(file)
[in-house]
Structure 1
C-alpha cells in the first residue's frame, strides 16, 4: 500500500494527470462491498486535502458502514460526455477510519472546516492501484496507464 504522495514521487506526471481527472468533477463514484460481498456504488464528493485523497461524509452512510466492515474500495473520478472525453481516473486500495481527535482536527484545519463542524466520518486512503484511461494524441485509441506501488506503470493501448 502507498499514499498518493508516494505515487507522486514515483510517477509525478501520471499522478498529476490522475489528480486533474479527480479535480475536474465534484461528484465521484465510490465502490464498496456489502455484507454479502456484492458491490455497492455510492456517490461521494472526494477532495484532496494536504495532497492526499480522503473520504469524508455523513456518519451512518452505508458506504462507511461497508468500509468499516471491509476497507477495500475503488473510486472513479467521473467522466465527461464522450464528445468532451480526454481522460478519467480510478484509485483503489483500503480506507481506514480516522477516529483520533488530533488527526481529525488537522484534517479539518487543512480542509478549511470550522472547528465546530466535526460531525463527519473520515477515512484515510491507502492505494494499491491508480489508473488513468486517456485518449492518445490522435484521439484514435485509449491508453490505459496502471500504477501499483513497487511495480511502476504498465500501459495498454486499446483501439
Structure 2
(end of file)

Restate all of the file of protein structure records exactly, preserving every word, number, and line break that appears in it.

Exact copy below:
[in-house]
Structure 1
C-alpha cells in the first residue's frame, strides 16, 4: 500500500494527470462491498486535502458502514460526455477510519472546516492501484496507464 504522495514521487506526471481527472468533477463514484460481498456504488464528493485523497461524509452512510466492515474500495473520478472525453481516473486500495481527535482536527484545519463542524466520518486512503484511461494524441485509441506501488506503470493501448 502507498499514499498518493508516494505515487507522486514515483510517477509525478501520471499522478498529476490522475489528480486533474479527480479535480475536474465534484461528484465521484465510490465502490464498496456489502455484507454479502456484492458491490455497492455510492456517490461521494472526494477532495484532496494536504495532497492526499480522503473520504469524508455523513456518519451512518452505508458506504462507511461497508468500509468499516471491509476497507477495500475503488473510486472513479467521473467522466465527461464522450464528445468532451480526454481522460478519467480510478484509485483503489483500503480506507481506514480516522477516529483520533488530533488527526481529525488537522484534517479539518487543512480542509478549511470550522472547528465546530466535526460531525463527519473520515477515512484515510491507502492505494494499491491508480489508473488513468486517456485518449492518445490522435484521439484514435485509449491508453490505459496502471500504477501499483513497487511495480511502476504498465500501459495498454486499446483501439
Structure 2